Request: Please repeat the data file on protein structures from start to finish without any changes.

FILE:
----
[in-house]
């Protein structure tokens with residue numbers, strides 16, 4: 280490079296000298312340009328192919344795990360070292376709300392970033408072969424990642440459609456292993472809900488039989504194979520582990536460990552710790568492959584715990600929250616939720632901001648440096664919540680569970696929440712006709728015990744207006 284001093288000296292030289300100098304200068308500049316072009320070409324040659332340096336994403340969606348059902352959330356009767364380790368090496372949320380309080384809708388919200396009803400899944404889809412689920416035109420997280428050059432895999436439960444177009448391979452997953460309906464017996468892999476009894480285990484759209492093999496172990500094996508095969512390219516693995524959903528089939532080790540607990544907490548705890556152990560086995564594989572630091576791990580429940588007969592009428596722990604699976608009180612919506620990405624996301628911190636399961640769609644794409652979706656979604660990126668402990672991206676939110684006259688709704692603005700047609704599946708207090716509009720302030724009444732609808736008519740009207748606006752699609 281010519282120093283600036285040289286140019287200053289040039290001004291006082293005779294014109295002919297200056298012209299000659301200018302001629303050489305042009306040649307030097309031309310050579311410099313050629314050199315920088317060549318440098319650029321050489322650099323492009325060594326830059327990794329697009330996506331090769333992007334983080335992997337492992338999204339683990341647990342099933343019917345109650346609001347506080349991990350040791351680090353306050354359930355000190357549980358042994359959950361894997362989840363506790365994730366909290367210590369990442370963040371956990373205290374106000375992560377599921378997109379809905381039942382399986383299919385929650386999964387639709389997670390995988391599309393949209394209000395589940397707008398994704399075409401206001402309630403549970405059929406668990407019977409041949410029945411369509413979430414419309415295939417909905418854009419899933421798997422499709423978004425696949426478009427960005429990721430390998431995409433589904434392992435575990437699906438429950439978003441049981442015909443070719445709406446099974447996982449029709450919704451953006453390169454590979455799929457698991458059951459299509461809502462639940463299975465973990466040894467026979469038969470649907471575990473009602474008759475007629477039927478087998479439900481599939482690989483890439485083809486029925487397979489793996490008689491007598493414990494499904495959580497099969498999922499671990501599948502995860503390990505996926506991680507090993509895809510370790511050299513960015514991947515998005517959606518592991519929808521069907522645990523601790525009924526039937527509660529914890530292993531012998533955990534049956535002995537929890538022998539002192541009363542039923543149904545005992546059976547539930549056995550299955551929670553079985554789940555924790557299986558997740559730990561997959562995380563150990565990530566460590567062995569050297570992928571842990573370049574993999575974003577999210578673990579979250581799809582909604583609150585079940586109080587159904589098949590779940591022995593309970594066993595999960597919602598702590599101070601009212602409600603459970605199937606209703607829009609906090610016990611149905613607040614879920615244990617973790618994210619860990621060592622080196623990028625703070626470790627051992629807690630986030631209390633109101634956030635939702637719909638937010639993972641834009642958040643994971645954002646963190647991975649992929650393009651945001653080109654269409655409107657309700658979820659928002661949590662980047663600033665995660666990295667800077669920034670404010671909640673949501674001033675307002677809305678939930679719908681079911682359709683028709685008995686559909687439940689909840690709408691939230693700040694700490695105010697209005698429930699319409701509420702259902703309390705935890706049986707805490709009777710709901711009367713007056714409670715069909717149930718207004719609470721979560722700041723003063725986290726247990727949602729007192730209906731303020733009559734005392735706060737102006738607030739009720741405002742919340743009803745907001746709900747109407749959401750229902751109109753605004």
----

[in-house]
């Protein structure tokens with residue numbers, strides 16, 4: 280490079296000298312340009328192919344795990360070292376709300392970033408072969424990642440459609456292993472809900488039989504194979520582990536460990552710790568492959584715990600929250616939720632901001648440096664919540680569970696929440712006709728015990744207006 284001093288000296292030289300100098304200068308500049316072009320070409324040659332340096336994403340969606348059902352959330356009767364380790368090496372949320380309080384809708388919200396009803400899944404889809412689920416035109420997280428050059432895999436439960444177009448391979452997953460309906464017996468892999476009894480285990484759209492093999496172990500094996508095969512390219516693995524959903528089939532080790540607990544907490548705890556152990560086995564594989572630091576791990580429940588007969592009428596722990604699976608009180612919506620990405624996301628911190636399961640769609644794409652979706656979604660990126668402990672991206676939110684006259688709704692603005700047609704599946708207090716509009720302030724009444732609808736008519740009207748606006752699609 281010519282120093283600036285040289286140019287200053289040039290001004291006082293005779294014109295002919297200056298012209299000659301200018302001629303050489305042009306040649307030097309031309310050579311410099313050629314050199315920088317060549318440098319650029321050489322650099323492009325060594326830059327990794329697009330996506331090769333992007334983080335992997337492992338999204339683990341647990342099933343019917345109650346609001347506080349991990350040791351680090353306050354359930355000190357549980358042994359959950361894997362989840363506790365994730366909290367210590369990442370963040371956990373205290374106000375992560377599921378997109379809905381039942382399986383299919385929650386999964387639709389997670390995988391599309393949209394209000395589940397707008398994704399075409401206001402309630403549970405059929406668990407019977409041949410029945411369509413979430414419309415295939417909905418854009419899933421798997422499709423978004425696949426478009427960005429990721430390998431995409433589904434392992435575990437699906438429950439978003441049981442015909443070719445709406446099974447996982449029709450919704451953006453390169454590979455799929457698991458059951459299509461809502462639940463299975465973990466040894467026979469038969470649907471575990473009602474008759475007629477039927478087998479439900481599939482690989483890439485083809486029925487397979489793996490008689491007598493414990494499904495959580497099969498999922499671990501599948502995860503390990505996926506991680507090993509895809510370790511050299513960015514991947515998005517959606518592991519929808521069907522645990523601790525009924526039937527509660529914890530292993531012998533955990534049956535002995537929890538022998539002192541009363542039923543149904545005992546059976547539930549056995550299955551929670553079985554789940555924790557299986558997740559730990561997959562995380563150990565990530566460590567062995569050297570992928571842990573370049574993999575974003577999210578673990579979250581799809582909604583609150585079940586109080587159904589098949590779940591022995593309970594066993595999960597919602598702590599101070601009212602409600603459970605199937606209703607829009609906090610016990611149905613607040614879920615244990617973790618994210619860990621060592622080196623990028625703070626470790627051992629807690630986030631209390633109101634956030635939702637719909638937010639993972641834009642958040643994971645954002646963190647991975649992929650393009651945001653080109654269409655409107657309700658979820659928002661949590662980047663600033665995660666990295667800077669920034670404010671909640673949501674001033675307002677809305678939930679719908681079911682359709683028709685008995686559909687439940689909840690709408691939230693700040694700490695105010697209005698429930699319409701509420702259902703309390705935890706049986707805490709009777710709901711009367713007056714409670715069909717149930718207004719609470721979560722700041723003063725986290726247990727949602729007192730209906731303020733009559734005392735706060737102006738607030739009720741405002742919340743009803745907001746709900747109407749959401750229902751109109753605004």